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MEDIA CONTACT: James Lee
Ohio EPA Schedules Webinars, Information Session for Volkswagen Settlement Grants
$15 million in 26 counties available this grant cycle to replace/repower diesel fleets
Ohio EPA is inviting prospective Volkswagen Settlement grant applicants to participate in webinars and a public information session on how to apply for grants to replace or repower aging diesel fleet vehicles, including school, transit and shuttle buses, medium and heavy-duty trucks, switcher locomotives, tug boats, ferries, and cargo handling equipment in airports, ports and intermodal facilities.
The grant program will invest $75 million over the next 10 years to reduce nitrogen oxide (NOx) pollution. Funding will come from dollars allocated to Ohio from the Volkswagen Mitigation Trust Fund. Webinars and an information session will be held at the following times and locations:
- Wednesday June 20, 10 a.m. (Webinar) Click here to register.
- Tuesday June 26, 1 p.m. (Webinar) Click here to register.
- Tuesday July 10, 10 a.m. Public Information Session; Ohio Department of Transportation, 1980 W. Broad St., Columbus (No pre-registration needed).
In 2016, the United States and California sued Volkswagen and associated companies, alleging that VW installed defeat devices on certain vehicles (model years 2009-2016). The devices activated during emissions testing made vehicles appear compliant with the law, when in fact, during on-road operation, the vehicles emitted nine to 40 times the allowable amount of nitrogen oxides, a harmful air pollutant. A settlement filed with the federal court allocated funds to states based on the number of vehicles with the defeat devices that were registered in each state. The trust agreement requires each state to develop a plan identifying how funding will be allocated to 10 allowable uses that can reduce NOx emissions and offset damages. Eligible projects include replacement or engine repowers of the following: aging diesel trucks; school/shuttle/transit buses; ferries/tugboats; switcher locomotives; airport ground support equipment; forklifts; and cargo handling equipment in ports. Funds also may be used to install shorepower for ocean-going vessels in Great Lakes ports, and charging or fueling units for light duty zero-emission vehicles.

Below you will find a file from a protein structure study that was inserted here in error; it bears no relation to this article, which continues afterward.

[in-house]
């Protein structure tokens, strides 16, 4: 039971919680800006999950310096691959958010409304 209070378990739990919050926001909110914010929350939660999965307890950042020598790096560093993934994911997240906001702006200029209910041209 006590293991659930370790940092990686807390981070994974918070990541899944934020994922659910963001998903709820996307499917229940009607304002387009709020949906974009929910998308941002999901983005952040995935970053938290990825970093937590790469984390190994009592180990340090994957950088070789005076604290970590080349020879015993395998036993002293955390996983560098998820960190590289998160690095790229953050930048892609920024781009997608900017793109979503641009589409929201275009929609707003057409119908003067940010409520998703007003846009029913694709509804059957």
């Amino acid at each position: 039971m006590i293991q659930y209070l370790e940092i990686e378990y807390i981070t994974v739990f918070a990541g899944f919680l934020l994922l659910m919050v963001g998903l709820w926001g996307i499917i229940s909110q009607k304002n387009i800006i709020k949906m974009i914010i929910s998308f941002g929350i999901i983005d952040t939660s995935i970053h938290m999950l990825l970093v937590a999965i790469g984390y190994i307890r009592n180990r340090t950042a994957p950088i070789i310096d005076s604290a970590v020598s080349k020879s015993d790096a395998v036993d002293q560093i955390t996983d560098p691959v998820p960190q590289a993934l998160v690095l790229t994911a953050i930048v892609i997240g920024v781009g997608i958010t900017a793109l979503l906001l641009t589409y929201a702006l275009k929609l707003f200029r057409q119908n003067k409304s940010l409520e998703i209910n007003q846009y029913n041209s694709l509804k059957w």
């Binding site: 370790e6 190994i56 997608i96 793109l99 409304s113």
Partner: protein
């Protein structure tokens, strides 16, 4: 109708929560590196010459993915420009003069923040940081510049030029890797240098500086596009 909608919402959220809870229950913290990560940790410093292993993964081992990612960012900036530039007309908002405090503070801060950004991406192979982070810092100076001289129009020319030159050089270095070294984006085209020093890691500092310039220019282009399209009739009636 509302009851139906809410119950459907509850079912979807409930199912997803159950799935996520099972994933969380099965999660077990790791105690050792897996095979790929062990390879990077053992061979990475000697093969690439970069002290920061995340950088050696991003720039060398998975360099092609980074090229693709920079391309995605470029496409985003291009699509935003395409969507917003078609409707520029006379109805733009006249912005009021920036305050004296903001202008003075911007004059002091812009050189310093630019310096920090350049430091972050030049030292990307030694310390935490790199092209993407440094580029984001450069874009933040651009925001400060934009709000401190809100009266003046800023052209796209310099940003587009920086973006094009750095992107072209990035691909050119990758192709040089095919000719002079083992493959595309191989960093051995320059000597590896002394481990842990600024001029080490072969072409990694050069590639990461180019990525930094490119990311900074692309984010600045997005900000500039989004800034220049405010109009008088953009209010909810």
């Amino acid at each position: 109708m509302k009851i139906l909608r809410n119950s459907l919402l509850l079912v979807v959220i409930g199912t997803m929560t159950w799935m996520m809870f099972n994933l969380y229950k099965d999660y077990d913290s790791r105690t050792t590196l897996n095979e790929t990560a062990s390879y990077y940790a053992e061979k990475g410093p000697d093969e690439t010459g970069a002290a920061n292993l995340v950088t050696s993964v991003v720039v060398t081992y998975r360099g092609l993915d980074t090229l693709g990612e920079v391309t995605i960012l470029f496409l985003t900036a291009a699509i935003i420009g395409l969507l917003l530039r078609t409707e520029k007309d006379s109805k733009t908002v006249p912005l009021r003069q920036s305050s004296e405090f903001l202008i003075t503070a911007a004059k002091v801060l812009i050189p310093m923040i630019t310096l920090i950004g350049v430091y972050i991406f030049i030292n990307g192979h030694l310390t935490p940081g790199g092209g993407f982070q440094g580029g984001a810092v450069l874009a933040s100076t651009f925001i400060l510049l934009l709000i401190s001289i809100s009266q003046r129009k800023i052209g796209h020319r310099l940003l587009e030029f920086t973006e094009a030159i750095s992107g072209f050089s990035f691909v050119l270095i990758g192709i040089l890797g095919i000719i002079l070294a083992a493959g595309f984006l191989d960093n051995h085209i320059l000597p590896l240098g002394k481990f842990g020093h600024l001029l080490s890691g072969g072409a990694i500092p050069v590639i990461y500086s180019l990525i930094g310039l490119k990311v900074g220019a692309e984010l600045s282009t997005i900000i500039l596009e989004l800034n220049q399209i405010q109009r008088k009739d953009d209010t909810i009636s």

Ohio EPA has posted a copy of the state’s plan for the program on the Office of Environmental Education web page. The first request for grant proposals opened June 4, 2018, and will close at 3 p.m. on August 3, 2018. A map of the 26 priority counties for the grant identifies areas in the state where emission reductions are most needed in order to comply with federal ozone standards.
The Ohio Environmental Protection Agency was created in 1972 to consolidate efforts to protect and improve air quality, water quality and waste management in Ohio. Since then, air pollutants dropped by as much as 90 percent; large rivers meeting standards improved from 21 percent to 89 percent; and hundreds of polluting, open dumps were replaced with engineered landfills and an increased emphasis on waste reduction and recycling.